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Kurdish Human Rights Project: This is the legacy website of the Kurdish Human Rights Project, containing reports and news pertaining to human rights issues in the Kurdish Regions for 20 years.

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KHRP Celebrates its Litigation Success before the European Court

Fifty years have passed since the European Court of Human Rights (ECtHR) was founded in 1959 and today marks 49 years since it filed its first ruling in the case of Lawless v. Ireland on 14 November 1960.

The ECtHR was and remains one of the most effective mechanisms for human rights protection in the world.  Since KHRP was established in 1992, few organisations have utilised the Strasbourg mechanisms with such success.

KHRP is considered ‘the pioneer’ in bringing individual complaints against Turkey.  In 1996 the Strasbourg mechanisms gave their first binding consideration to KHRP’s Kurdish cases. They established, for the first time, the Turkish authorities' responsibility for rape, torture and ill-treatment, and for deliberately destroying and evacuating Kurdish villages.

Since then, KHRP has provided legal assistance to over 500 victims of human rights abuse. Its cases have established legal precedents on the death penalty, disappearances and extra-judicial killings to censorship, unfair trials and the rights of citizens to fair and free elections. Its cases also continue to exceed the often high burdens of proof placed by the Court on victims.  KHRP continues to not only achieve a high rate of admissibility in its complaints against Turkey, Armenia and Azerbaijan, but has achieved a remarkable success rate by ensuring that the Court delivers a favourable ruling in 92% of these cases.

In Meltex v Armenia, KHRP once again succeeded in pushing the boundaries of the ECtHR after Armenia was found in breach of protecting the right to free expression following its repeated denial of broadcasting licenses to Armenia’s first independent television company A1+ .  As described by the Secretary General of the Council of Europe, this ruling proved ‘a lesson to all governments inclined to arbitrary interpretations of Article 10’.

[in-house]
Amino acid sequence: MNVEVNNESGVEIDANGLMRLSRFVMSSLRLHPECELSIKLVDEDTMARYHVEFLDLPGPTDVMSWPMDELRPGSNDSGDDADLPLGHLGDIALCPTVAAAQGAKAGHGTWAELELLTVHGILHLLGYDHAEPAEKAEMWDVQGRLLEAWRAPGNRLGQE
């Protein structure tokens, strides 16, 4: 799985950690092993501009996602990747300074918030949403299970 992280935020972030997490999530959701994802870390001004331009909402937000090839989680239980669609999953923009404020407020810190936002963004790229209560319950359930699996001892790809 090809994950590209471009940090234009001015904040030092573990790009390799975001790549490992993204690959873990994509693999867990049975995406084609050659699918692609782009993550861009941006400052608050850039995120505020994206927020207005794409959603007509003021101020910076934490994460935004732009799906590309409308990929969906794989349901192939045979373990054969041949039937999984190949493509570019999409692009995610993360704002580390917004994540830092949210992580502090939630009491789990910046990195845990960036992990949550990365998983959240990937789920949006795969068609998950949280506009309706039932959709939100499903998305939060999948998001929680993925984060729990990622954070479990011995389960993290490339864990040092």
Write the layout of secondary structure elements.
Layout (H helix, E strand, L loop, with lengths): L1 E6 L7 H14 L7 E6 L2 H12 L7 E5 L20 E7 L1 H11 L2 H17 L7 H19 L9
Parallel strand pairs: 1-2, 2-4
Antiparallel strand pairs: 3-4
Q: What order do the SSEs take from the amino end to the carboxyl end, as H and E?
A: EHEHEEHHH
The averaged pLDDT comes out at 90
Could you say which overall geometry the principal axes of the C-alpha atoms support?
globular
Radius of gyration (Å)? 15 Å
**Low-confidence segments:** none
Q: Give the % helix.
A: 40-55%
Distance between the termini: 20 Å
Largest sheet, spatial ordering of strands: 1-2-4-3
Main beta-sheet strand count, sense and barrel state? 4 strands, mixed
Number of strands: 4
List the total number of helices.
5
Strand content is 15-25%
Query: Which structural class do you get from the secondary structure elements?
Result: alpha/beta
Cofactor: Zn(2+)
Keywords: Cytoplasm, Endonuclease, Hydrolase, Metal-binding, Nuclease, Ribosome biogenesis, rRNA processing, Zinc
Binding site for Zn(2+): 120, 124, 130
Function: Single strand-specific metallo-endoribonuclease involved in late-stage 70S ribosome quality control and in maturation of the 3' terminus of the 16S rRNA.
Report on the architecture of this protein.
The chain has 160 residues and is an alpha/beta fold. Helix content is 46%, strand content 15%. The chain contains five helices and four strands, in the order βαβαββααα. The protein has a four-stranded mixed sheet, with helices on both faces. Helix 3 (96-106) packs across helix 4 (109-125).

KHRP’s current cases continue to seek legal precedents, as can be seen in its complaints on behalf of more than 80 Iraqi civilians affected by Turkey’s indiscriminate bombings of villages in Northern Iraq.  These cases push the Court to consider its own jurisdiction and could have important consequences for any cross-border military action. 

‘The ECtHR rulings in case after case brought by KHRP have not only brought reparation to countless victims of human rights abuses in the Kurdish regions but have had far reaching consequences for the judicial and political systems of the respondent governments and for the international rule of law,’ said KHRP Chief Executive, Kerim Yildiz. ‘Today, as abuses of human rights take place not only within but across neighbouring borders in the Kurdish regions, this work is more critical than ever.’